A professor of history, Steven Sidebotham researches the ancient global economy: economic and cultural trade between what is now Europe, North Africa, the Middle East and India.
Industry Expertise (3)
Museums and Institutions
Glass, Ceramics and Concrete
International Trade and Development
Areas of Expertise (6)
Ancient Global Economy
Trade in the Ancient World
World War II
Media Appearances (5)
Ancient Buddha Statue Discovered in Egypt
Steven Sidebotham of the University of Delaware said that the statue is about 28 inches tall, and shows the Buddha standing and holding parts of his robes in his left hand, while a halo behind him radiates sunlight. A separate Sanskrit inscription thought to date to the third century A.D. was also found at the site. The Buddha statue may have been made locally by South Asians living in Berenike, Sidebotham added, and could indicate that a South Asian merchant community lived in the area.
Archaeologists Unearth Buddha Statue in Ancient Egyptian Port City
“You hear a lot about globalization today,” Sidebotham told the publication, “but there was a ‘global economy’ linking Europe, Africa and Asia during the first century of the Christian era, and the city of Berenike is a perfect example of that.”
Ancient Egypt: 1,800 Years-old Pet Cemetery Filled With 100 Skeletons Discovered
The dig, headed by Steven Sidebotham of the University of Delaware, began in 1994, continuing in fits and starts into 2017, the journal Antiquity reported.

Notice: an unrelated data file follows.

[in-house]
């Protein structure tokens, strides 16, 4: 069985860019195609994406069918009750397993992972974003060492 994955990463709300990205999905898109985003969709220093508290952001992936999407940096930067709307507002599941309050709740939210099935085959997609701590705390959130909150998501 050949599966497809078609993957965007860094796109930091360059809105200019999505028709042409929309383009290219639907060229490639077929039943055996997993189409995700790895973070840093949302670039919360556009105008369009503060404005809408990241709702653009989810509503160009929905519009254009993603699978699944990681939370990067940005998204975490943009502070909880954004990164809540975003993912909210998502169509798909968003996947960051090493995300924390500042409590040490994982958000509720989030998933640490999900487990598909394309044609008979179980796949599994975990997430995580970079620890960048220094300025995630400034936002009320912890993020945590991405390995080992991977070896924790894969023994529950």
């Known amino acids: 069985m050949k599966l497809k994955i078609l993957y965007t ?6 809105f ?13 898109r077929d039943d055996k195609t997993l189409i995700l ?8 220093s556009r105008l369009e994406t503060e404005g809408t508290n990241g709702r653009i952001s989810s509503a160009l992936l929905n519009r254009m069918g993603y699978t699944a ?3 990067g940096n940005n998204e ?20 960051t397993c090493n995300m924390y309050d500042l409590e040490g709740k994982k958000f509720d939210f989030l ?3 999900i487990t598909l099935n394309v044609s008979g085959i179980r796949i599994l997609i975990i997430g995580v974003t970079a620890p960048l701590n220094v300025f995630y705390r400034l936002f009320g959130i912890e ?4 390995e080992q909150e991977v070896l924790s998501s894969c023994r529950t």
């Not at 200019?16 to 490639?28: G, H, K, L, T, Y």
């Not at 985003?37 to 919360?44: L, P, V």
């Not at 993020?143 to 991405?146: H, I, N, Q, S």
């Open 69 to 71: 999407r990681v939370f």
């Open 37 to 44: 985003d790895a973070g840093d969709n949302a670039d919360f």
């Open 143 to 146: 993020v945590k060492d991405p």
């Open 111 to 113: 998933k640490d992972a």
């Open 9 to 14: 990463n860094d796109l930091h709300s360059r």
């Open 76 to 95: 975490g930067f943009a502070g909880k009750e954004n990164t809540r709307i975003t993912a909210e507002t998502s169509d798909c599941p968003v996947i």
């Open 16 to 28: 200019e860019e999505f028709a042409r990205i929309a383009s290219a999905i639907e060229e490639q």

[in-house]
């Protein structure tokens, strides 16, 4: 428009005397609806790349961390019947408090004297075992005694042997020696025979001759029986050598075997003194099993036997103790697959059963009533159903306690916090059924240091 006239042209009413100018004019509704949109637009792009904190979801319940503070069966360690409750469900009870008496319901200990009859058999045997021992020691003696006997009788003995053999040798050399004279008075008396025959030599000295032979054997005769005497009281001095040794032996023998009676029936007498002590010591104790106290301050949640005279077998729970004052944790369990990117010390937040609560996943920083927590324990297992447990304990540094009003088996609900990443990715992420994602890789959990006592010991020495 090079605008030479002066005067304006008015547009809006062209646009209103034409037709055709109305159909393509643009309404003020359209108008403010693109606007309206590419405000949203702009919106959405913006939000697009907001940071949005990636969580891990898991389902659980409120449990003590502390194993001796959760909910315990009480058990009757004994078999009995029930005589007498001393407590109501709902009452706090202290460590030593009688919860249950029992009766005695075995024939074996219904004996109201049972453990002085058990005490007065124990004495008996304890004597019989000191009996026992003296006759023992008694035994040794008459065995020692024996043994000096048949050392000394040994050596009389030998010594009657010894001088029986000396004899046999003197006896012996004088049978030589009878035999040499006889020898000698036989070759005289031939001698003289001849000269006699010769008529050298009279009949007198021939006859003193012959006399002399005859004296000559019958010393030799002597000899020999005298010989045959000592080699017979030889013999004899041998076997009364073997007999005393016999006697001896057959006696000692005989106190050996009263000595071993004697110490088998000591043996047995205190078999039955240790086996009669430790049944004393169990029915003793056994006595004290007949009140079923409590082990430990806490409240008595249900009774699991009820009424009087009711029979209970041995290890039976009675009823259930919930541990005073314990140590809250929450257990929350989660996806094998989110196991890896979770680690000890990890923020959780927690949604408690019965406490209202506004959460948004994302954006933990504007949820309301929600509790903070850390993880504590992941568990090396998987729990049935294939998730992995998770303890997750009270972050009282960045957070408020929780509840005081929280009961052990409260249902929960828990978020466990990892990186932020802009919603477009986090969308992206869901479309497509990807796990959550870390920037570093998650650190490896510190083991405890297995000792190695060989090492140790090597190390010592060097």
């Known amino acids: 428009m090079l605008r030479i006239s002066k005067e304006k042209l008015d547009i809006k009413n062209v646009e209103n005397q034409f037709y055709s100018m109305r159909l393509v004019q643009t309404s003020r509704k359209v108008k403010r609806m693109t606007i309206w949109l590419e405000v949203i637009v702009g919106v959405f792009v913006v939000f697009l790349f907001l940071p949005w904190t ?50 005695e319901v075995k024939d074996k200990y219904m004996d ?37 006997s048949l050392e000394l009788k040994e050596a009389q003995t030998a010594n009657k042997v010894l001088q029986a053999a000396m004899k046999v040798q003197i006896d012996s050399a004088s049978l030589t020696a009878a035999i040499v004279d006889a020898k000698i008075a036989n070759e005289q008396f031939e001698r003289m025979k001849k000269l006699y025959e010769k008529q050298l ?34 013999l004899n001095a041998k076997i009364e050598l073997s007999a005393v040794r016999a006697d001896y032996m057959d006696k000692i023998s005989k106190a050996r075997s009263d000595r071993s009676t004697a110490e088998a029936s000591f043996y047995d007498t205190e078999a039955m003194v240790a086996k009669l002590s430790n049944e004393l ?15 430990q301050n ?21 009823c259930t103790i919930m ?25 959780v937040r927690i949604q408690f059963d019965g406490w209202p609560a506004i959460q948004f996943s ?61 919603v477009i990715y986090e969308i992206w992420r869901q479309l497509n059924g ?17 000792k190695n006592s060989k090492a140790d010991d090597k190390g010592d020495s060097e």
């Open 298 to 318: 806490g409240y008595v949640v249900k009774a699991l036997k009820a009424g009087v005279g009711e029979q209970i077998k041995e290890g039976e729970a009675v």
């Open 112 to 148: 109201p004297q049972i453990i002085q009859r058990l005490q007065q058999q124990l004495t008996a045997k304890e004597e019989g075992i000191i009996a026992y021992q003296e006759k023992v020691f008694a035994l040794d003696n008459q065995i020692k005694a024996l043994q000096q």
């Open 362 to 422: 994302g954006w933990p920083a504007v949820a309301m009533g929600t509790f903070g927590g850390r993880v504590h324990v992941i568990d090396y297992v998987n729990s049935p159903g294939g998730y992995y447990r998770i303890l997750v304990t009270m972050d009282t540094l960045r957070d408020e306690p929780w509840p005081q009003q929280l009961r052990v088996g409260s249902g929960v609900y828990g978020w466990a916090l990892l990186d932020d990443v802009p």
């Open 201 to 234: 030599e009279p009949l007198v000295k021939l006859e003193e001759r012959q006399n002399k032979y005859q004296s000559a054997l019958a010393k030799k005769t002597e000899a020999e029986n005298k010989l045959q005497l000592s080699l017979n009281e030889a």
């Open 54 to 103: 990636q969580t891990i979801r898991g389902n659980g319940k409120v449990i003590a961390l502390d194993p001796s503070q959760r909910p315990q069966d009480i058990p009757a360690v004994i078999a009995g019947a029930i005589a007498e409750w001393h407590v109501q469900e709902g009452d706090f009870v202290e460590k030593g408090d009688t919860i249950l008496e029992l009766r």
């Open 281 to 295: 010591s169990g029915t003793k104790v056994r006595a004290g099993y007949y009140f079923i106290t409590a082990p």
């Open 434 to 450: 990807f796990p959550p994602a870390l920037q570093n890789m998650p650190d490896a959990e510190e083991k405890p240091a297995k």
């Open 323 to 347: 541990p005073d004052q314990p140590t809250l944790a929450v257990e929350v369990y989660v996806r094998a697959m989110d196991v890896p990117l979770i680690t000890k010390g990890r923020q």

Archeologists Discover Nearly 2,000-Year-Old Pet Cemetery in Egypt
The find is not the first discovery to hint that the ancients kept pets, but it does emphasize the great lengths Egyptians and Romans went to to care for these creatures, Steven Sidebotham, researcher at the University of Delaware who directed the Berenike dig, tells Watson.
Dogs, monkeys, cats: 2,000-year-old pet cemetery uncovered in Egypt
USA Today online
A heavily built animal similar to a mastiff, its belly held a final meal of fish and goat meat, and its skeleton shows it suffered from a painful bone cancer still common among dogs today. Its body had been wrapped in a basket and covered with pieces of broken pottery, clear evidence it was “a very loved animal,” says the University of Delaware’s Steven Sidebotham, who directs research at Berenike.